The economic toll from the drilling moratorium in the Gulf of Mexico is beginning to mount. On July 28, Baker Hughes, an international oilfield services company based in Houston, announced that it was moving 300 of its employees and 25 percent of its assets out of Houston. Baker Hughes CEO, Chad Deaton, said that if the moratorium lingers, many companies such as his would be moving the research and development operations overseas to where the drilling will be taking place. Deaton said that 20,000 direct jobs and over 200,000 indirect ones could be lost if the moratorium continues.
Last August, a 16-year-old girl was raped in Steubenville, Ohio, by two Steubenville High School football players after a night of partying.
The night of her rape, other teenagers who witnessed her rape took video footage and Instagramed pictures of her being held by her ankles and wrists while she was unconscious. Nearly five months later, the entire world does not just know her story, but they have witnessed it in real time after the video and photos were leaked and went viral in early January.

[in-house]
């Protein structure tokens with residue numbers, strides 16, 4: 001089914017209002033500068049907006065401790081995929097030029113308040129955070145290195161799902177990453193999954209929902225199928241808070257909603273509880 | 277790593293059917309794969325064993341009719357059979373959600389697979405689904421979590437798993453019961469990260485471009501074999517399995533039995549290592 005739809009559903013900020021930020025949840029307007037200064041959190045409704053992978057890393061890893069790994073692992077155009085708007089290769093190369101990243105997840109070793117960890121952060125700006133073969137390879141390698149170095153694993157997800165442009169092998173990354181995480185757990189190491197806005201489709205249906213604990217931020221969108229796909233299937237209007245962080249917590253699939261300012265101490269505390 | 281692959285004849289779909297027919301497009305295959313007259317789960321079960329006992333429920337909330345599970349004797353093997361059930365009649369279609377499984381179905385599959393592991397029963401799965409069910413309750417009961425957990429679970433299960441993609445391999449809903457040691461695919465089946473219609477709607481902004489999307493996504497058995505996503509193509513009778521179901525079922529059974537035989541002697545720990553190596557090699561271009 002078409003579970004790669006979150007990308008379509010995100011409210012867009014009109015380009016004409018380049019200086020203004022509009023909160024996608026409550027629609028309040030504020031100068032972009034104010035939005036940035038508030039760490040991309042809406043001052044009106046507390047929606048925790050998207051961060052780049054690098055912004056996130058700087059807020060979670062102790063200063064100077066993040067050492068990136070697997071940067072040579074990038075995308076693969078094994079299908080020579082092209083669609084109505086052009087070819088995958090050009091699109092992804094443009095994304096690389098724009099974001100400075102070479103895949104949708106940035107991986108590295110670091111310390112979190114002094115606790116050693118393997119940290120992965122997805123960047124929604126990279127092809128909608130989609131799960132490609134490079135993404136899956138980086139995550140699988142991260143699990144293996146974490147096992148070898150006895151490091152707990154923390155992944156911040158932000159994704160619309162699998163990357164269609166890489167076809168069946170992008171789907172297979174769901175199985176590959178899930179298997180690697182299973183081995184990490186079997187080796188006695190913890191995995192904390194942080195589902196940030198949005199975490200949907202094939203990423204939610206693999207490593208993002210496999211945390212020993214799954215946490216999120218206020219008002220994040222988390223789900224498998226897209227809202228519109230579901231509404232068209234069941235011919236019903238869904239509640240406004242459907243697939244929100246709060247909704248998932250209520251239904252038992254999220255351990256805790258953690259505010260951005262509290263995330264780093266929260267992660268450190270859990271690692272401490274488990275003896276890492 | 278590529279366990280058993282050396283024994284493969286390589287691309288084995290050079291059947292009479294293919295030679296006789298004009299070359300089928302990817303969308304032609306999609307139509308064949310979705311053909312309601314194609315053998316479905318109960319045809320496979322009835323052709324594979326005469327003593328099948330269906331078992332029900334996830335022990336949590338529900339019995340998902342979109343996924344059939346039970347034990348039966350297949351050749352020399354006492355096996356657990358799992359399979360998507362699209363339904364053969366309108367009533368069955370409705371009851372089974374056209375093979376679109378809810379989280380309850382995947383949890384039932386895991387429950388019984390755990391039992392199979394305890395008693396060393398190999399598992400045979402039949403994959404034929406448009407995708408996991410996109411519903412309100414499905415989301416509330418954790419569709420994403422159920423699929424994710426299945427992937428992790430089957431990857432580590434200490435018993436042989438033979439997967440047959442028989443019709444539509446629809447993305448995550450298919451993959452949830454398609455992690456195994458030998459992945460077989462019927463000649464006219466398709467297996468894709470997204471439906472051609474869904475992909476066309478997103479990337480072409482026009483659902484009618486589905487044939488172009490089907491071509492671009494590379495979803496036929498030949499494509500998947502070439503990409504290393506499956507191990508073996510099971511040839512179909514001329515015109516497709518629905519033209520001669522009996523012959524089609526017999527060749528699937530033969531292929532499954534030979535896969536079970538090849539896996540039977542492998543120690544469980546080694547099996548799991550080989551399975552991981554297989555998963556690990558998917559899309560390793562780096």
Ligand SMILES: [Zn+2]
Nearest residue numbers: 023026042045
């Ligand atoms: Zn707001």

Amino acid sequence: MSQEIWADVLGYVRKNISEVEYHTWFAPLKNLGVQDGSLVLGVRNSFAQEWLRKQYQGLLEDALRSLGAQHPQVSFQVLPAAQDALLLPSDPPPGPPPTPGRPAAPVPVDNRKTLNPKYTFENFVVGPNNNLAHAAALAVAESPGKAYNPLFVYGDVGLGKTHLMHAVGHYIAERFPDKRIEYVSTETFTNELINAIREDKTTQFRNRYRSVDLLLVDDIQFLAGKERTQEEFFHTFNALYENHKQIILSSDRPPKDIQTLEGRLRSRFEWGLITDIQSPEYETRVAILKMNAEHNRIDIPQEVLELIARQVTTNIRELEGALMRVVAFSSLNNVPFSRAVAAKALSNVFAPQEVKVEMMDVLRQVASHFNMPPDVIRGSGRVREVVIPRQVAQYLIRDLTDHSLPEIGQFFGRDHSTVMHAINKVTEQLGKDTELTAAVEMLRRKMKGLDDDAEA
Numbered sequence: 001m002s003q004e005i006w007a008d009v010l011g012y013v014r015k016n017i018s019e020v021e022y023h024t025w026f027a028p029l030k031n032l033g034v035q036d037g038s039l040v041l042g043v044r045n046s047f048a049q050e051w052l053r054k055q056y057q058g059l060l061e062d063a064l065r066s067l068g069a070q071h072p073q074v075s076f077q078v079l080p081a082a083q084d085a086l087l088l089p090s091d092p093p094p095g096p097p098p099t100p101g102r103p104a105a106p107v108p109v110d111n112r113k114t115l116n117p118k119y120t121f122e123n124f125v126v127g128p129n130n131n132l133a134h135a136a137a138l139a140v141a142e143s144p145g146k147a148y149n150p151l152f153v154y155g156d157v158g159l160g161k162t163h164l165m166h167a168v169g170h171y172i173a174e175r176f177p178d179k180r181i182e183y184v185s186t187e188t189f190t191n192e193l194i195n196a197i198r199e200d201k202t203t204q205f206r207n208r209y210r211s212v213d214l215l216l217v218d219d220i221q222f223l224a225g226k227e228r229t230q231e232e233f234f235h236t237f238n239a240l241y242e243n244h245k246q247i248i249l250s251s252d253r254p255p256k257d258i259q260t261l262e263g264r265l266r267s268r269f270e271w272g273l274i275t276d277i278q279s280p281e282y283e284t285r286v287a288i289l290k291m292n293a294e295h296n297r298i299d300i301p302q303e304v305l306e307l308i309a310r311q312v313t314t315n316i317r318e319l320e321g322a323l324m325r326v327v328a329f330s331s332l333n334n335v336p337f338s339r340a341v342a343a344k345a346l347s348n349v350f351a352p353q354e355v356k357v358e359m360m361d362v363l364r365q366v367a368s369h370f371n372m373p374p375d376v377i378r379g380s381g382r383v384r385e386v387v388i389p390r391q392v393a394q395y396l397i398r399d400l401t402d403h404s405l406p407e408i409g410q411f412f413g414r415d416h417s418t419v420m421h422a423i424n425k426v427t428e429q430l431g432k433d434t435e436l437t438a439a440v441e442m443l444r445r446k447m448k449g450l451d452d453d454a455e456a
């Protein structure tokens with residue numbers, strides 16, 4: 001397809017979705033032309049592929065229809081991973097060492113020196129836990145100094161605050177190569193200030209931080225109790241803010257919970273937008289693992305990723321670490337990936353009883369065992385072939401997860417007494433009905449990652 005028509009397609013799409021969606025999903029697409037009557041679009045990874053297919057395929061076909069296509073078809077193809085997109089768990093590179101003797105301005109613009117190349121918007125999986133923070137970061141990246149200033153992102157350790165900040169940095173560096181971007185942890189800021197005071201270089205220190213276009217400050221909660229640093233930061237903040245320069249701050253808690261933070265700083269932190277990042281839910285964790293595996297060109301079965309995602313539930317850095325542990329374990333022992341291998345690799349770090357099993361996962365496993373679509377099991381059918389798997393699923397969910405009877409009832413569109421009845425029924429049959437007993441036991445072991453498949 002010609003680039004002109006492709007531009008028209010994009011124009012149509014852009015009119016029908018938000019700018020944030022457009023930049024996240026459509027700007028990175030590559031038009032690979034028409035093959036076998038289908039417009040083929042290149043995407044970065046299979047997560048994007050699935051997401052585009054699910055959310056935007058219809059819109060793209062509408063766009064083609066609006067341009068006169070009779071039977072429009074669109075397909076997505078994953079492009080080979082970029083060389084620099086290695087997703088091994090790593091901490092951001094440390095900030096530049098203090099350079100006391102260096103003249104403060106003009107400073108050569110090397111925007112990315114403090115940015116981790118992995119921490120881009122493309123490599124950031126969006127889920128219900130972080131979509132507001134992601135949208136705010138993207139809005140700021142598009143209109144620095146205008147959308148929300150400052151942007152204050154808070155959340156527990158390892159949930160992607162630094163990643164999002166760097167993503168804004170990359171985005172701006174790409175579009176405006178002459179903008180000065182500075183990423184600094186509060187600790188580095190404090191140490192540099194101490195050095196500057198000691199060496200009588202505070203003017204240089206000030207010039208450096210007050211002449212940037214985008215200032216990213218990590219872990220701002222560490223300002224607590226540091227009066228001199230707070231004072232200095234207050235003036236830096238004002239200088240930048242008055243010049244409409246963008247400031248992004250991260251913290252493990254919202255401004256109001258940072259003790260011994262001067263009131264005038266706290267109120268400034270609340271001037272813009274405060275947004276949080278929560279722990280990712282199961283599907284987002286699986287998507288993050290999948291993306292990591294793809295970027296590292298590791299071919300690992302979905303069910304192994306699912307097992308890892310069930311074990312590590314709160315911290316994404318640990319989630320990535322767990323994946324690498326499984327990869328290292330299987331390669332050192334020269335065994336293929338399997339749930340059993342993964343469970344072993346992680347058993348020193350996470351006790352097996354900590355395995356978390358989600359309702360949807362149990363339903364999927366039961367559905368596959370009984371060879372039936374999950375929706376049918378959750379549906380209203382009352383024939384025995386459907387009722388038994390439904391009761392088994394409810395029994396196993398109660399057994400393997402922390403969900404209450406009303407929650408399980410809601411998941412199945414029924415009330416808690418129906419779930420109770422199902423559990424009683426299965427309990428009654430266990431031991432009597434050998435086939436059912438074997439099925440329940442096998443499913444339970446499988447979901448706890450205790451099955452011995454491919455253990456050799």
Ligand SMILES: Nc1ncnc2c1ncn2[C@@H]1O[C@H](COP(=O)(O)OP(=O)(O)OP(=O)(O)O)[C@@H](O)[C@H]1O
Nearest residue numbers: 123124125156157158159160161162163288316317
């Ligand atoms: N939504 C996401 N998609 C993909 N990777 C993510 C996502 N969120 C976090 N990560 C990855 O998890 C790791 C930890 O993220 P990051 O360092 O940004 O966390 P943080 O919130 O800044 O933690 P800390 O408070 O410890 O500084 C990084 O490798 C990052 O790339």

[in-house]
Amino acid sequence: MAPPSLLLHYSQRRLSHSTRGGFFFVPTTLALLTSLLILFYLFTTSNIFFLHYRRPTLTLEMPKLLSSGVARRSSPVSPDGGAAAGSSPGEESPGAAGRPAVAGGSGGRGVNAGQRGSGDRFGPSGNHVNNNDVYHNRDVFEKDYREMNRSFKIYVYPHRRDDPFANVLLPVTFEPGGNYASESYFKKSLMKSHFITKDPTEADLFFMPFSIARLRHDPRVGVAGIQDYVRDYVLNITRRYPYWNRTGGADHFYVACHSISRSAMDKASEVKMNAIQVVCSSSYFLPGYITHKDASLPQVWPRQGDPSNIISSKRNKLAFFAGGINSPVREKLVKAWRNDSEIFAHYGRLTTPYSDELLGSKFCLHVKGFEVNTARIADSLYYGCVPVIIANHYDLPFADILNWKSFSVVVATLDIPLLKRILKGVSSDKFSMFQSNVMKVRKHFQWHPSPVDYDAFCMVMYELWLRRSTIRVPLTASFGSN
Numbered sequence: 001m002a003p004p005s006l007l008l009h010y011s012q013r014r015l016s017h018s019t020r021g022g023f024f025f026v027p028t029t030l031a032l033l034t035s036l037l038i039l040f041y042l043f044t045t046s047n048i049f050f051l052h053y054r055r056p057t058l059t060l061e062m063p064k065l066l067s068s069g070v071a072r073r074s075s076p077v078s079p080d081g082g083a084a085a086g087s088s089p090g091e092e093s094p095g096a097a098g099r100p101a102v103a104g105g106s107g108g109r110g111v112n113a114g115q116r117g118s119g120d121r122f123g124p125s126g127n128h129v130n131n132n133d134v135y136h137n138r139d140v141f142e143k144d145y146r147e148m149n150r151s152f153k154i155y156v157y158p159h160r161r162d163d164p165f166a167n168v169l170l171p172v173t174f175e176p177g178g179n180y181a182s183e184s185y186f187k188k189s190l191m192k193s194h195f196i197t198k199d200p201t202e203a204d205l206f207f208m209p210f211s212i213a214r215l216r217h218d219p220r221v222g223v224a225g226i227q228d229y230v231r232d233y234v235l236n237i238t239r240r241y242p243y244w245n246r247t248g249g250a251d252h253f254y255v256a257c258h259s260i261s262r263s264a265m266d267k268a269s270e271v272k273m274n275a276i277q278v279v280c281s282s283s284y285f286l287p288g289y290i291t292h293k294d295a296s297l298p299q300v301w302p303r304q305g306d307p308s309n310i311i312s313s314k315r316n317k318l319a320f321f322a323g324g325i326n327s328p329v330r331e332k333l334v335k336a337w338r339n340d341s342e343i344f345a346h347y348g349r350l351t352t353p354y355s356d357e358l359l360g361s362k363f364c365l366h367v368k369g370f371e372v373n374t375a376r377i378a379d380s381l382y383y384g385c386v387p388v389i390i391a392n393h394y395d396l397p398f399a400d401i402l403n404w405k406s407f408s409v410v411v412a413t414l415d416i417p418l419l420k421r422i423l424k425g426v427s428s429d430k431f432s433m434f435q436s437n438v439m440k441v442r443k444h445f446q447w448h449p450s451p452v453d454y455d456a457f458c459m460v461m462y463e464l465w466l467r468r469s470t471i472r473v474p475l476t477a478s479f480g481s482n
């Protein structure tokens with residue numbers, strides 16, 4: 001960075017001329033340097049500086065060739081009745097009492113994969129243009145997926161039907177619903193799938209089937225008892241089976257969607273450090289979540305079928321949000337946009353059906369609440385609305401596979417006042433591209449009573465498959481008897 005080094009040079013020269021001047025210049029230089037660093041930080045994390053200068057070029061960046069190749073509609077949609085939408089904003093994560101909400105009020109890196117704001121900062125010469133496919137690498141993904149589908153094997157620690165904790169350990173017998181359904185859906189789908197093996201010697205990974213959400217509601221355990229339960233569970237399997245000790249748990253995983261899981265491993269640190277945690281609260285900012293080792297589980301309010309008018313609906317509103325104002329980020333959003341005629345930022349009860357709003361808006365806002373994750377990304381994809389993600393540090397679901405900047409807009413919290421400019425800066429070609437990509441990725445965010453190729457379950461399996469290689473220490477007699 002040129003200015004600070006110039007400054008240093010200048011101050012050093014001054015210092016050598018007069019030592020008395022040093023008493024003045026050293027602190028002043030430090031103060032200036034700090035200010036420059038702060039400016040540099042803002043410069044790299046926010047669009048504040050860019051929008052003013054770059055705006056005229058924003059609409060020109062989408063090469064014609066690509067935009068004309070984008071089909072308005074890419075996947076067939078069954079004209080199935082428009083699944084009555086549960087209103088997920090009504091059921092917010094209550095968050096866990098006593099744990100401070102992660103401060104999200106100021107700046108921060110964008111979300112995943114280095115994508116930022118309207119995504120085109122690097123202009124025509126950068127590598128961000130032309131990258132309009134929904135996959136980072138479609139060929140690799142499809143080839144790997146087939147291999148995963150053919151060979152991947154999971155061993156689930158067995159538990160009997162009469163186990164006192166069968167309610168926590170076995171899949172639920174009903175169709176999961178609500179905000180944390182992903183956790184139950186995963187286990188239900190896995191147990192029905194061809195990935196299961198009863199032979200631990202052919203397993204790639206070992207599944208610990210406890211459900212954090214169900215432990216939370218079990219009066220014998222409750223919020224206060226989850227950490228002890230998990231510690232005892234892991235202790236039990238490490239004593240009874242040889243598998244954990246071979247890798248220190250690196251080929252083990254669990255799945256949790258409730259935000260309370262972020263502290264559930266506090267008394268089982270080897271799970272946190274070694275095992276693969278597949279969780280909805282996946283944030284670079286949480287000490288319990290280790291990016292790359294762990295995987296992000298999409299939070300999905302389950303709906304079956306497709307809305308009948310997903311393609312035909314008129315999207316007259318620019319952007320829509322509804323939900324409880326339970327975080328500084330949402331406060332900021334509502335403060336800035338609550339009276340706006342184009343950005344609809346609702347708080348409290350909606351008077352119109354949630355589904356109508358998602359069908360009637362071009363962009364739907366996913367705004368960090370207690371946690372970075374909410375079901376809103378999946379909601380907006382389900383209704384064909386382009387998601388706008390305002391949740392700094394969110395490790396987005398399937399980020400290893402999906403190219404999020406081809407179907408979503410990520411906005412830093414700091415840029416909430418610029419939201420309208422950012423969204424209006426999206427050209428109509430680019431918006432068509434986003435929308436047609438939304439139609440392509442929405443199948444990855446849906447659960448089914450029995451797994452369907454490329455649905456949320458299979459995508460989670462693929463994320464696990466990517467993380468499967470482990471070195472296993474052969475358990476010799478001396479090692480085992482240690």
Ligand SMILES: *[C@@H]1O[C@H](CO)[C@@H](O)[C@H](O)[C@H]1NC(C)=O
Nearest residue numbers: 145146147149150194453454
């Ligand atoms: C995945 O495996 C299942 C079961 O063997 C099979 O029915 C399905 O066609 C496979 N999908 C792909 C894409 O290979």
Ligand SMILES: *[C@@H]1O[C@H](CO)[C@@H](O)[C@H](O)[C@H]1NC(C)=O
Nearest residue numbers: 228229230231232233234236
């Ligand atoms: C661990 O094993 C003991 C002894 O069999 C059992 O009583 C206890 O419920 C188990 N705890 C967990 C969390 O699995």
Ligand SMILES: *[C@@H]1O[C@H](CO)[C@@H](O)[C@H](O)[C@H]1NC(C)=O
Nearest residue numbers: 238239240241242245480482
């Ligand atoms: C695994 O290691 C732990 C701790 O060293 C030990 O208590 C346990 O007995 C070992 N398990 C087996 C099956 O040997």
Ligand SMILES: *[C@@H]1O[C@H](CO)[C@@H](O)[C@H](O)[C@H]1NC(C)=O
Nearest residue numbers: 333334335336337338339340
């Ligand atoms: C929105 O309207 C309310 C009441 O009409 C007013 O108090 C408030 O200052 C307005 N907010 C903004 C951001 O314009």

Both football players were charged with rape and are now awaiting trial.
The truth is, folks, one week ago today we were very lucky.
I know, because I know others who weren’t as fortunate and have witnessed the ordeal they are experiencing firsthand.
The National Weather Service has confirmed that three tornadoes struck Louisiana as a storm system pushed across the state on Oct. 13.
The most severe of the twisters stayed on the ground for nine miles, started at 11:16 a.m.
west of the West Monroe city limits. It moved through that city and into Monroe before lifting off at 11:27 a.m. Peak winds were 125 mph and its path was as wide as 300 yards.